I'm hoping that wasn't directed at me. While I'm not getting into the politics of it, yes like it or not being an oppressed minority is very much going to help with your law school admissions. Much more so then being a white kid raised by a broke single mother, who's dad can't buy a pair of shoes, much less a dorm.
Ah yes, economics, studies have found that even among Blacks admitted to law school 89% are in the top economic strata, this mimics the overall economic segregation in elite law schools. (I unfortunately would fall into the 11%) Studies have also shown that economic based affirmatve action tends to lead to more racial diversity than simply race based affirmative action. So, yes I understand that there are poor White kids, and I do believe that Theo Huxtable shouldn't necessarily get a leg up over Opie, unless were talking about a school with literally no minorities. My point was that you made it sound like being Black was at the top of the list of unearned "advantages". (I would argue that if it wasn't earned it was certainly paid for). I was simply showing that having a parent who was a rich alumnus of a school I was applying to who could also make a massive donation is probably at the top of the list. Furthermore, every socioeconomic indicator shows that I would be more likely to be in that position if I were White (hence the use of race in my hypothetical.
That doesn't really justify anything. The percentage of rich white kids going to law schools with parents who also attended that law school, went on to make money, then later decided to leverage buying a dorm to assist their child might be 1%. The percentage of black law school applicants getting a boost is 100%. I would be willing to bet that the number of white students applying each cycle under the above conditions is significantly lower then the number of African American applicants. In other words, being black is almost certainly going to benefit you more then the slim chance of being in a tiny group of elite legacy white students.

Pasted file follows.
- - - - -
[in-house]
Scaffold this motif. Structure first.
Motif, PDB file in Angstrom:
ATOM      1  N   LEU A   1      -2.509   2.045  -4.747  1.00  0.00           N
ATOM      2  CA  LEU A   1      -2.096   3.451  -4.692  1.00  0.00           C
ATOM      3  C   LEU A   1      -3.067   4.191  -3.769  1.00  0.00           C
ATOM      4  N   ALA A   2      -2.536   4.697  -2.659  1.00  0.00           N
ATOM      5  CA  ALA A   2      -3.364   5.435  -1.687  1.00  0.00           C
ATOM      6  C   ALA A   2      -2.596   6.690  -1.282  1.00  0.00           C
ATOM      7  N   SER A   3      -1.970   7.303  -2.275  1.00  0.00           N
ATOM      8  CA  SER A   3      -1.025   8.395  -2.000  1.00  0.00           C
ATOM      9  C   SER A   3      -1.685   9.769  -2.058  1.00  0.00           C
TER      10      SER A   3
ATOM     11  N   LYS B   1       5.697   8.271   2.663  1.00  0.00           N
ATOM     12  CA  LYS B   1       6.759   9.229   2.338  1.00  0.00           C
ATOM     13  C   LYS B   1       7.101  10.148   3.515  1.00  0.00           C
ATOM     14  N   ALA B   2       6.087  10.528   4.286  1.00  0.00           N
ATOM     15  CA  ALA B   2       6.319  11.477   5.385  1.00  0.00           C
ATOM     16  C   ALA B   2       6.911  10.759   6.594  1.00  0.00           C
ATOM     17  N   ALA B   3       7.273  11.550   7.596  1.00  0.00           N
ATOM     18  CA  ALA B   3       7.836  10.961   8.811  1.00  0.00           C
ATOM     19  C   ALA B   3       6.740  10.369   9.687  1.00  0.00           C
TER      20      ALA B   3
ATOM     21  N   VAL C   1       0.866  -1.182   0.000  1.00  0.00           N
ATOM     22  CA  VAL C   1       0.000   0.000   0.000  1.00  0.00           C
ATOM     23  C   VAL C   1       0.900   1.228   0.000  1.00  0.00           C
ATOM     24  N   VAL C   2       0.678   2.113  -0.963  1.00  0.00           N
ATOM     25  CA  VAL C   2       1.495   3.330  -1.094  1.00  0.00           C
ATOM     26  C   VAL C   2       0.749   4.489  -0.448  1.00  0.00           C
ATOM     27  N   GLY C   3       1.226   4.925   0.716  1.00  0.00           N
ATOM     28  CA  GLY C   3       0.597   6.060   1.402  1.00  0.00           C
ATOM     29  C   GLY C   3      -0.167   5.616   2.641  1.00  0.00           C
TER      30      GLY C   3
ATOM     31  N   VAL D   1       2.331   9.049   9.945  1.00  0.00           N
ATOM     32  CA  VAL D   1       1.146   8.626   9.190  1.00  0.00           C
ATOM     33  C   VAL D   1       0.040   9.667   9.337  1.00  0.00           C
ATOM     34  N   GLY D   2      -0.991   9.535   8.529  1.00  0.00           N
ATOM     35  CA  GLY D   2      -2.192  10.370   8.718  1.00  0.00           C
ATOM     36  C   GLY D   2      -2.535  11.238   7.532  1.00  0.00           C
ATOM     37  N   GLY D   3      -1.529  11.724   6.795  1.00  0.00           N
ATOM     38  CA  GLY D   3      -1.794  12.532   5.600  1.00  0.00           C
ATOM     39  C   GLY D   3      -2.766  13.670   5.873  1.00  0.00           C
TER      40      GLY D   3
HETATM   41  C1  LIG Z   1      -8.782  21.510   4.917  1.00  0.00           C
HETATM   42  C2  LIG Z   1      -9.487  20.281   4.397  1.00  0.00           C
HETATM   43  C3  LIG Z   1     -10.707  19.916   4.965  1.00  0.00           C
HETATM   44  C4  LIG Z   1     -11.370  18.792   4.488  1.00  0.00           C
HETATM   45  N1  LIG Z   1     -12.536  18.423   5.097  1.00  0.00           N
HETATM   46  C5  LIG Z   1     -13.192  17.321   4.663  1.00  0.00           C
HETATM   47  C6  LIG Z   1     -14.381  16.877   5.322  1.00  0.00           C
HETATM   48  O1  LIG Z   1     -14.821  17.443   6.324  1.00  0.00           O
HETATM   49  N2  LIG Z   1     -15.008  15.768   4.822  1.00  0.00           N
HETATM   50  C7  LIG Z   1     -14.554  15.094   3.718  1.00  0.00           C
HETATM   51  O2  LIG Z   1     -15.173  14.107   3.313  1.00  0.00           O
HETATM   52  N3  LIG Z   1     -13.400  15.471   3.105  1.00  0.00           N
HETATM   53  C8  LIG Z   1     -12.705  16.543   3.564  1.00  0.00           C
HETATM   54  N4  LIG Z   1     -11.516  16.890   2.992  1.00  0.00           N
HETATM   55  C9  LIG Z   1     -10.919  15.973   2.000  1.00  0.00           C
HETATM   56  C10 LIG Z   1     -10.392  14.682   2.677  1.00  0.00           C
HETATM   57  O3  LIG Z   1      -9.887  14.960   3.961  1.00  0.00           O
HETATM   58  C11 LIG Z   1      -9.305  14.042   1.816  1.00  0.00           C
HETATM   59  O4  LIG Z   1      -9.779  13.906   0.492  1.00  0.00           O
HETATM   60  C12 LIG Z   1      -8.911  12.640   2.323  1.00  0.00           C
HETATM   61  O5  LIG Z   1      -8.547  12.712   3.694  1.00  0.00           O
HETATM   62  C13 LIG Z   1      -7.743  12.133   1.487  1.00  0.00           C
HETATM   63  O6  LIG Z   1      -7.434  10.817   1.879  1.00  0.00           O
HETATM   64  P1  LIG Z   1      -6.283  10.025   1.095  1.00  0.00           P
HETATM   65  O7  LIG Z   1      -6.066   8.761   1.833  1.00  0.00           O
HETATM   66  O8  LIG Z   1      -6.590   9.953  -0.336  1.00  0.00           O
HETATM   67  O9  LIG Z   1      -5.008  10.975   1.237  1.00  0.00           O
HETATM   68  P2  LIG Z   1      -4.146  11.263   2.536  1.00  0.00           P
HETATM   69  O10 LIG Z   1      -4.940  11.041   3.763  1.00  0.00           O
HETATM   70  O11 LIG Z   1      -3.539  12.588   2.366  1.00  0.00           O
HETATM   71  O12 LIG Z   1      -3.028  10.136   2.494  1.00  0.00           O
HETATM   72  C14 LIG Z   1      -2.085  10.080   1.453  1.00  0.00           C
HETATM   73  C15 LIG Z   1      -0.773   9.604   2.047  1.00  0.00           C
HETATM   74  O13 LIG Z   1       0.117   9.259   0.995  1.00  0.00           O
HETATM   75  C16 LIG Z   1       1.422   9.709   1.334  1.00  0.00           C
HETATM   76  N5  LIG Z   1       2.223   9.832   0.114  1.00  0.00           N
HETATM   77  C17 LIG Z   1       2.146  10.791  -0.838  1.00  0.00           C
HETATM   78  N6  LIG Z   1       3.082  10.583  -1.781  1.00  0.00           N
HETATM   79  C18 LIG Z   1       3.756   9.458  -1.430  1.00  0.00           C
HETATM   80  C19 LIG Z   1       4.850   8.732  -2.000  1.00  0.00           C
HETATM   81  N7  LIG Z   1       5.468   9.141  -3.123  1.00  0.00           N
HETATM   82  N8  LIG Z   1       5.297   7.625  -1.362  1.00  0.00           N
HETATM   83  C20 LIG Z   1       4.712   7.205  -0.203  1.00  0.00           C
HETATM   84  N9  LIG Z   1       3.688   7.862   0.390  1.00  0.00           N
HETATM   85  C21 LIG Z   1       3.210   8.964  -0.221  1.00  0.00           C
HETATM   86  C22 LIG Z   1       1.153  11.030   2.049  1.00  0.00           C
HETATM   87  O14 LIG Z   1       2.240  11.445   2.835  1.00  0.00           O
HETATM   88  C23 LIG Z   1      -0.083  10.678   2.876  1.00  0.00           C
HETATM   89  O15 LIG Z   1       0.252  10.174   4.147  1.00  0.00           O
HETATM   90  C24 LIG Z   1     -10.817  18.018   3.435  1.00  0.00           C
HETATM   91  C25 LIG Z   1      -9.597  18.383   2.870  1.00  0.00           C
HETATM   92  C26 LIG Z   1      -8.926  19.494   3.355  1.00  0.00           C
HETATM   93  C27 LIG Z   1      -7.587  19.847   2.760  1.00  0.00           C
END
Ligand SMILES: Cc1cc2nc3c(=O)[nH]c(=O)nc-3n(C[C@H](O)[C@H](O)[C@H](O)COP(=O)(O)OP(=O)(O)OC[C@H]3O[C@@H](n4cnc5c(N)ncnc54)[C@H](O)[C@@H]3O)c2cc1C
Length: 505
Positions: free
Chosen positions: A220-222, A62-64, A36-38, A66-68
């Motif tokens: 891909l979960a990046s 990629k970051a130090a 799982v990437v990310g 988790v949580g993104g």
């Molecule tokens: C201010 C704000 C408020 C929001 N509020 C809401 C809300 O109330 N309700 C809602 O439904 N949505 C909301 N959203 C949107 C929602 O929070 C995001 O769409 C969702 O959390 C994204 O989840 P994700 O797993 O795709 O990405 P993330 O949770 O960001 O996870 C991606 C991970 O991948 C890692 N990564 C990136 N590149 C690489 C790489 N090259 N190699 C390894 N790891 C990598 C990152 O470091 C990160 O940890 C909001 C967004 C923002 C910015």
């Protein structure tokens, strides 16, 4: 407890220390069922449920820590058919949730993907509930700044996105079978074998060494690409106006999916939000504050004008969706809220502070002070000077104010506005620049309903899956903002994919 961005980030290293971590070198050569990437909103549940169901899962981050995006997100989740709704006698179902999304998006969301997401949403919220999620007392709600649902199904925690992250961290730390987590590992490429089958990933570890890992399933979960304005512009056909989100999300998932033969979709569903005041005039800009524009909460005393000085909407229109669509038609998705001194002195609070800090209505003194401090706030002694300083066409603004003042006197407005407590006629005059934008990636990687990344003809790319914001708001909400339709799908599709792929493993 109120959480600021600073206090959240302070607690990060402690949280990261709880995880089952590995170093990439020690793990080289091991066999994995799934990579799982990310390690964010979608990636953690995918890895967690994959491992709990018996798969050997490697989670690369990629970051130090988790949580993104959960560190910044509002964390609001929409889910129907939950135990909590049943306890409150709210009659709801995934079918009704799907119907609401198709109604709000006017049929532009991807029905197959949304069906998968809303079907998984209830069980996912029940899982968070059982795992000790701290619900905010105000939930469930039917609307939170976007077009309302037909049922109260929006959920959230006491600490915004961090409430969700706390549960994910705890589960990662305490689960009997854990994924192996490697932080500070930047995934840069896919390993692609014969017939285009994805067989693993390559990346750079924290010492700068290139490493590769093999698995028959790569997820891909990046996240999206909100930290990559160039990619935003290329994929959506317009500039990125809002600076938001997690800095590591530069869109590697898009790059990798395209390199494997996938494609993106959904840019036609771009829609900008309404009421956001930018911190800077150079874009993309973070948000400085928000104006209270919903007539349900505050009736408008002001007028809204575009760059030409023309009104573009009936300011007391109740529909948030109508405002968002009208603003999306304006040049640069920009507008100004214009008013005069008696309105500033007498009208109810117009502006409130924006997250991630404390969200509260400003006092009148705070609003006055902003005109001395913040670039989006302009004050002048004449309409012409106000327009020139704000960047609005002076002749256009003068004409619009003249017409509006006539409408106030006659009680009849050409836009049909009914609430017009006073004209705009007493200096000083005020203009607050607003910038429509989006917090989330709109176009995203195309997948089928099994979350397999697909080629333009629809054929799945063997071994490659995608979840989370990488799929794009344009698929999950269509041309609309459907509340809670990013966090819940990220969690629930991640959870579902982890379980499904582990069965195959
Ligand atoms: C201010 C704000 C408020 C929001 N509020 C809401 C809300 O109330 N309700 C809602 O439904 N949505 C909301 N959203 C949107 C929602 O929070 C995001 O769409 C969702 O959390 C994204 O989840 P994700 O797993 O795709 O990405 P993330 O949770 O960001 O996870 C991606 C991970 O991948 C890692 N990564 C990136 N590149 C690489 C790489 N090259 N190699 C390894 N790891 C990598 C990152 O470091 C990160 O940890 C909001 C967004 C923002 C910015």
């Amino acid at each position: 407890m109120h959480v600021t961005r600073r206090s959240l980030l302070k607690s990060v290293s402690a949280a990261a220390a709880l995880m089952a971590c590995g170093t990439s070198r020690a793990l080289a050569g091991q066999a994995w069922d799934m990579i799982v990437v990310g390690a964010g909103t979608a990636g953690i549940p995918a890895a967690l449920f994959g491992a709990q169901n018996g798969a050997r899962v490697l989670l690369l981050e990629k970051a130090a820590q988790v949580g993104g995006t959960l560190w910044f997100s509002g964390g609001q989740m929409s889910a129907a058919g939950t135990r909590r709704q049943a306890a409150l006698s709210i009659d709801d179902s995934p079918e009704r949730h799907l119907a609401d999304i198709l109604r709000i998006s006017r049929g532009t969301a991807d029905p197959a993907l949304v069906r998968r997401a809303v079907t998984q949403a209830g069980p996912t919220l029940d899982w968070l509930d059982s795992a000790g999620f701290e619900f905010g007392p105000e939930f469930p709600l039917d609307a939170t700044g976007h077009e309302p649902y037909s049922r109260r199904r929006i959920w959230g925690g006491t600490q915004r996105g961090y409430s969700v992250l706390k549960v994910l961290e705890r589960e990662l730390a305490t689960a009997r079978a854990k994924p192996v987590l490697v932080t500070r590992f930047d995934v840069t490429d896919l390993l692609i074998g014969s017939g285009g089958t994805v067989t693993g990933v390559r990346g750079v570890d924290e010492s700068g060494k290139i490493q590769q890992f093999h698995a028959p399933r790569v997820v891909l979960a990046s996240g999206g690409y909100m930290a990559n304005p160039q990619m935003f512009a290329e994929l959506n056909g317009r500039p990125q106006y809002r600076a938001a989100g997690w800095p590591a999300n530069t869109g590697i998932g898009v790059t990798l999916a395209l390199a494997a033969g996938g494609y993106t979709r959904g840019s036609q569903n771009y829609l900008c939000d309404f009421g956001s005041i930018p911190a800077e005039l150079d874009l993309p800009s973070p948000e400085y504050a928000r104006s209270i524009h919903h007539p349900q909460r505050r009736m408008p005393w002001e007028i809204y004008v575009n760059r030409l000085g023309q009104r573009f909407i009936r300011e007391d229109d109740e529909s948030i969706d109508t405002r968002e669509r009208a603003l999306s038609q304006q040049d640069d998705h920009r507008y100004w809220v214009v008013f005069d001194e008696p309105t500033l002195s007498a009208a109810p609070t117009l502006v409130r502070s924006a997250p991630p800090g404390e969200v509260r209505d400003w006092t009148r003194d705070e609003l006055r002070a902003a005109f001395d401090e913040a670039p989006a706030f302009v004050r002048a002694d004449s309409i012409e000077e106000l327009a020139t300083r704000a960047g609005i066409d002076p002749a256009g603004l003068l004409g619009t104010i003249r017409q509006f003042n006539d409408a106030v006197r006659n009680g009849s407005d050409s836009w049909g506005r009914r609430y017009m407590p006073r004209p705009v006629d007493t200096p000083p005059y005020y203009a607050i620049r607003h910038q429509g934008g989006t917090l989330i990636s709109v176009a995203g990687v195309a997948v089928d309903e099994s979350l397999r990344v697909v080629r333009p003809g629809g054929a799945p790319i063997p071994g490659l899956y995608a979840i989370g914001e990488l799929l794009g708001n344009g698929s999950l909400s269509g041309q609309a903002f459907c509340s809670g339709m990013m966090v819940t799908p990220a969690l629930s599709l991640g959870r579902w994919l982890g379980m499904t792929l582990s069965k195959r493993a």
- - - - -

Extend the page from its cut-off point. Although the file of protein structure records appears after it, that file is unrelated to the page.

That said, I support affirmative action, I just wish it was based on socioeconomic policy, not strictly pigmentation. Also, I never said anything about "unearned" or "unjustified" or "not paid for". I was merely commenting that dismissing your boost as an AA on the grounds that some white people are rich is crazy. The reality is there is NO better factor outside of your GPA and LSAT than your color, regardless of economic/educational opportunity. You would have to have done something very amazing for an EC to mean more then URM status.
I don't doubt that URM's face additional difficulties in education, score lower on the LSAT, or have less opportunity to high quality education. I just don't believe ONLY URM's face those difficulties. Like I said, I support AA, and if you faced difficulties as a result of your race that placed you at a disadvantage relative to the median white student, I support you getting a boost. If you went to private schools your whole life, were exposed to the same education and opportunities as white students, I don't believe you should get a boost.
Point being, if being black has been so rough your whole life (and it very well may have been) than you should embrace the URM boost , not dismiss it.
I wasn't saying that that incredibly rare circumstance justifies anything. I was simply pointing out that there are better things to be in the big scheme of law school admissions than Black.
The percentage of black law school applicants getting a boost is 100%. I would be willing to bet that the number of white students applying each cycle under the above conditions is significantly lower then the number of African American applicants. In other words, being black is almost certainly going to benefit you more then the slim chance of being in a tiny group of elite legacy white students.
If you're trying to argue that measure for measure it is better to be Black than White for the purpose of going to law school. That is a more abstract point than I would want to argue, simply look at the fact that 40% of White adults vs. 20% of Black adults have bachelor's degrees, the rest are not even in the running for law admissions period as well as massive wealth disparities.
Truly, there is no reason for us to be debating, we both agree with AA. I agree with you about Socioeconomic AA, that's why I mentioned the studies about it. The fact that 89% of Black law school students are well off means that the members of my community who were supposed to be helped by AA are being left out, it seems like socioeconomic AA might definitely help solve this problem in addition to increased equality in public schooling, while ensuring that a child of the Black bourgeoisie doens't knock out some kid from Appalachia. And btw, I am by no means dismissing the URM boost, I simply wanted to get an assesment which didn't factor it in. I fully intend to take advantage of it on my apps.